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Tuesday, August 03, 2021
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COA scores Capitol officials for cost of instant noodles

COA scores Capitol officials for cost of instant noodles. (File photo)

THE Commission on Audit (COA) has called the attention of the Cebu Provincial Government after its Bids and Awards Committee (BAC) accommodated an amendment to order 6,500 boxes of a certain brand of instant noodles that cost the Province a lot more than its original order.

The accommodation was made by the BAC without securing the approval of Governor Gwendolyn Garcia.

The instant noodles were for the Province’s “Tindahan sa Kapitolyo,” a program that aims to help the poor and marginalized constituents in the countryside by providing easy access to basic commodities and allowing them to buy goods on ration based on the mandated price ceilings of the Department of Trade and Industry (DTI).

In its 2020 annual audit report, the COA found that 6,500 boxes of instant noodles bought by the Province from Metro Retails Stores Group Inc. (MRSGI), the winning bidder, had an original cost of P2.8 million.

But the Province ended up paying P3.4 million for the purchase, which was P589,680 or 20.6 percent more than the original contract price.

MRSGI



A review by COA of the Province’s transactions on the procurement of goods through emergency purchase showed that on April 1, 2020, the Province awarded and signed a contract with MRSGI for the supply of food items worth P7.3 million.

On April 6, 2020, Provincial Social Welfare and Development Office (PSWDO) head Marivic Garces who served as BAC chairperson, requested for the cancellation of P2.8 million worth of QuickChow instant noodles that were included in the order because stocks were not available.

Due to the cancellation, the amount on the purchase request (PR), purchase order (PO), obligation request (OBR) and the disbursement voucher was then modified from the P7.3 million owed to MRSGI to P4.49 million.

On April 7, another PO, an amendment to the order, was executed and approved by Provincial Administrator Noli Valencia for the purchase of 6,300 boxes of Lucky Me noodles, another instant noodle brand, amounting to P3.4 million.

“Apparently, there was an accomodation made by the Provincial Bids and Awards Committee on Goods on the supplier’s failure to deliver what was originally specified in the purchase order,” COA said in its report.

“The BAC based their recommendation for award on the quotations submitted by the suppliers. Had MRSGI disclosed that there were no stocks available for Quickchow noodles, the BAC would have awarded the same to another supplier. Consequently, the amendment from Quickchow to Lucky Me noodles entailed additional cost to the Province of Cebu by P589,680 or 20.63 percent above the original contract cost,” the state auditors said.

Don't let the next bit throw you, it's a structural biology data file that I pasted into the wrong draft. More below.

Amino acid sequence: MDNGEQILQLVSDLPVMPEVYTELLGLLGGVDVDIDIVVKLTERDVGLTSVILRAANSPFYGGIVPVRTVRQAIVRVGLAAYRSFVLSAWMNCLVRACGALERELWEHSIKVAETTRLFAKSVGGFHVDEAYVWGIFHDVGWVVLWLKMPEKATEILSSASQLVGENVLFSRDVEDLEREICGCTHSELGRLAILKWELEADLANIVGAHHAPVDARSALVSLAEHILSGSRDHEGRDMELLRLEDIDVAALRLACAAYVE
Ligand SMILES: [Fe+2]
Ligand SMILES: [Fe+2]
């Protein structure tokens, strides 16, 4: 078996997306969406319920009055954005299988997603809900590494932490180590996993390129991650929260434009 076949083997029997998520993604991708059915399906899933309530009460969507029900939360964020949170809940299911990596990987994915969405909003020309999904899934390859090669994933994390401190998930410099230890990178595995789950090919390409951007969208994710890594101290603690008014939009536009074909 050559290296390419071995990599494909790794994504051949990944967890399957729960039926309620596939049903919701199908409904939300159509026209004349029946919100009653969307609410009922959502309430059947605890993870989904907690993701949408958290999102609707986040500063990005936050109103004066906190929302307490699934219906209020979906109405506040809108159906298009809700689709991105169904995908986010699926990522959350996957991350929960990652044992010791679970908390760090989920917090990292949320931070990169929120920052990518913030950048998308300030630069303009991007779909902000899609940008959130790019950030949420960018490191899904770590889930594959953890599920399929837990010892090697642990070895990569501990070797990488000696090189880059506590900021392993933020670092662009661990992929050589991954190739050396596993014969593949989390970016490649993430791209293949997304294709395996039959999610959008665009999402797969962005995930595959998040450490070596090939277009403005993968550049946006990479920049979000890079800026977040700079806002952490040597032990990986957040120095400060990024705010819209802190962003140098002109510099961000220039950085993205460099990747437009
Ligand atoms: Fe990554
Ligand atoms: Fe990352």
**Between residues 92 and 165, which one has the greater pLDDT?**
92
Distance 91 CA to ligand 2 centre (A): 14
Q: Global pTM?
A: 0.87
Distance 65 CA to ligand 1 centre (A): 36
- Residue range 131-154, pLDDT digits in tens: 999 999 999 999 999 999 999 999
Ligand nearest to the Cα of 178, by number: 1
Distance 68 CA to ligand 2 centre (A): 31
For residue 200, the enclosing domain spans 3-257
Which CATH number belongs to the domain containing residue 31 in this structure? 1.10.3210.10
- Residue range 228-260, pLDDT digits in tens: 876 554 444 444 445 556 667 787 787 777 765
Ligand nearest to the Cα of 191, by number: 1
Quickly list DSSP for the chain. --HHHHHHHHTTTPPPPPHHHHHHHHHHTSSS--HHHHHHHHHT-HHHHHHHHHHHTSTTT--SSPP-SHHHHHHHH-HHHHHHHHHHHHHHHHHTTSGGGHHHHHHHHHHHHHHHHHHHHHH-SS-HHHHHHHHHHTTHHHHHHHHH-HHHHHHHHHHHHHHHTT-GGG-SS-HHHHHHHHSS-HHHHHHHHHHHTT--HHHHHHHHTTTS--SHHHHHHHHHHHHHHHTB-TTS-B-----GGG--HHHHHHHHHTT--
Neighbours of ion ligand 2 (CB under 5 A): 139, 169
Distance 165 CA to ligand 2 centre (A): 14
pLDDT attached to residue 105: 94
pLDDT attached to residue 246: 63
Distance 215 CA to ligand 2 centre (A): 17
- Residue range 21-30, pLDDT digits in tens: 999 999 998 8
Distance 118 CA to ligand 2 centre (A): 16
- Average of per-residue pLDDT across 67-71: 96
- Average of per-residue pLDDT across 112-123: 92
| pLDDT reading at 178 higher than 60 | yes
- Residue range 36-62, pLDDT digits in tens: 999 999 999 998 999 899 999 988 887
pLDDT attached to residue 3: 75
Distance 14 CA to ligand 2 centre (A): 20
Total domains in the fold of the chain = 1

This would have required approval from Garcia as head of the procuring entity.

State auditors also found that noodles bought by the Capitol were left to expire at the Provincial General Services Office (PGSO) warehouse.

Expired



Fifty-three boxes of Lucky Me that contained 72 packs each expired on October 6, 2020, while 18 boxes expired on December 6, 2020. The wasted noodles had cost taxpayers P38,851.

State auditors recommended that the BAC be required to submit a written explanation on the amendment to the order.

They also recommended to the Province that liquidated damages against MRSGI be imposed for breach of contract.

COA also directed the Province to ask MRSGI for a refund on the items that have expired or to replace them pursuant to the warranty clause implied in each contract.

Responding to COA’s observation, Capitol officials said the original order needed to be replaced because MRSGI could not secure QuickChow noodles from any of their branches at the time of negotiation, and reordering from their source would have taken time.

They said that although the price of Lucky Me was higher than Quickchow, it was still within the DTI’s suggested price ceiling.

It was the policy or practice of the Provincial Government to provide a retention fee of one percent of the total amount of the purchase value to serve as warranty for the purchase, the BAC said.

“Currently, they (MRSGI) have already delivered the replacement of the expired items and these were immediately picked up by the concerned local government units (LGUs). While those expired noodles noted by COA during the ocular inspection were the remaining items to be pulled out by the supplier after they delivered the replacement of the expired goods,” Capitol officials said, in their official reply to COA.

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